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SOLVED! The machine is a Dell Poweredge system which ran what they call iDRAC in the background - iDRAC in its turn ran a SSH-server which conflicted with the one I installed in Debian. The solution for me was just to disable iDRAC since I don't use it, and I'm glad I don't. I have no idea how that conflict should've been solved.

Just installed Debian Stretch on a machine. Minimal install haven't done pretty much anything but installing openssh-server and setting up my network interface. The problem I have seems to be related to the networking service.

Straight from boot I'm not able to connect to my server via SSH remotely. The server has internet connection at this time, I'm able to ping it and ping from it. At connection it starts out good but then a popup asks for a password for the user, typing in the password doesn't work - should already have been sent by the client anyway. When I run systemctl restart networking.service on the server SSH suddenly starts working.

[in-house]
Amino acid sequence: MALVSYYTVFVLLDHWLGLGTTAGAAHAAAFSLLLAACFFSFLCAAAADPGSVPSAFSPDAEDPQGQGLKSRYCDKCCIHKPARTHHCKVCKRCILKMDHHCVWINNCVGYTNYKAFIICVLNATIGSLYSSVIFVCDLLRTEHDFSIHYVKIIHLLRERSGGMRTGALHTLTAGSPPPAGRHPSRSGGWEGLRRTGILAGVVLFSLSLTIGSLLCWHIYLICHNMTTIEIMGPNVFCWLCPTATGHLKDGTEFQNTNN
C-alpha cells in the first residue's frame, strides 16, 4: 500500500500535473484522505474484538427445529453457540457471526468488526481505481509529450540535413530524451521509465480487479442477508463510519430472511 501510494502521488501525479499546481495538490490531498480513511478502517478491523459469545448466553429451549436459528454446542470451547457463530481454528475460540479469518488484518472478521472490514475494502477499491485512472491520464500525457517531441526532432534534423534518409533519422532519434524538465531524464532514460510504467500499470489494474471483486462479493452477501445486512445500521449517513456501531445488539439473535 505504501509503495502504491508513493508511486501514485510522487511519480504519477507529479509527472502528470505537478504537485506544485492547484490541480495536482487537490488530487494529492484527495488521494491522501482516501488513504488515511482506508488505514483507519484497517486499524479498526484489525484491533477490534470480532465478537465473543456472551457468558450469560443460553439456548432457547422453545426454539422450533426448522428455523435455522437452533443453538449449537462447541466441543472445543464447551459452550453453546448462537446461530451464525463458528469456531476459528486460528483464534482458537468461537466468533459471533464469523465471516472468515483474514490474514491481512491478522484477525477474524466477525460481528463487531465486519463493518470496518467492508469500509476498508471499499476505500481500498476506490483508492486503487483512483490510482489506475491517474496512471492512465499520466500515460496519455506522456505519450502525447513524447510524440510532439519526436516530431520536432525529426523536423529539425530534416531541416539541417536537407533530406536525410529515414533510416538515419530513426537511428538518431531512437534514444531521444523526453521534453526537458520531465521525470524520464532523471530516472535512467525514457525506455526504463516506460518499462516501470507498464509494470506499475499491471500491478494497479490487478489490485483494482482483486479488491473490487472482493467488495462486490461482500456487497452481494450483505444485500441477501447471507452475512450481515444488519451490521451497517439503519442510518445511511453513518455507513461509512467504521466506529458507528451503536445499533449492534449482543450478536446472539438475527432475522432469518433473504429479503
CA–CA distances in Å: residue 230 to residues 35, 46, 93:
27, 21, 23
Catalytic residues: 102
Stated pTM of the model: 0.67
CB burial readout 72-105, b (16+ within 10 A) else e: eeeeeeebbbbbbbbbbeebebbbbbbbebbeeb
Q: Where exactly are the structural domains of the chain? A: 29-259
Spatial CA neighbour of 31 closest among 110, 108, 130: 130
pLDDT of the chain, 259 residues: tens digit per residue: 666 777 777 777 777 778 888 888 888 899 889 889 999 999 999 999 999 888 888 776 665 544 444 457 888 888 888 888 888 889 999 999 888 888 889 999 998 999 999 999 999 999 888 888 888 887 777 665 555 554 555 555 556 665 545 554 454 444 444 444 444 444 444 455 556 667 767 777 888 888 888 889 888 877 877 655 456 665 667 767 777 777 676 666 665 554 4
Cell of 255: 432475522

openssh-server is running with default configurations.

My SSH client(Bitvise) log says:

15:08:26.493 Started a new SSH2 session.
15:08:26.493 Connecting to SSH2 server 171.xxx.xxx.xxx:22.
15:08:26.493 Connection established.
15:08:26.681 Server version: SSH-2.0-OpenSSH_5.8 <----
15:08:26.681 First key exchange started.
15:08:27.289 Received a new host key from the server. Algorithm: xxxxxxxxxxx
15:08:27.320 First key exchange completed using ecdh-sha2/nistp521. xxxxxxxxxxx
15:08:27.320 Attempting password authentication.
15:08:28.724 Authentication failed. Remaining authentication methods: 'password'.
15:08:30.581 Authentication aborted on user's request.
15:08:30.596 The SSH2 session has been terminated.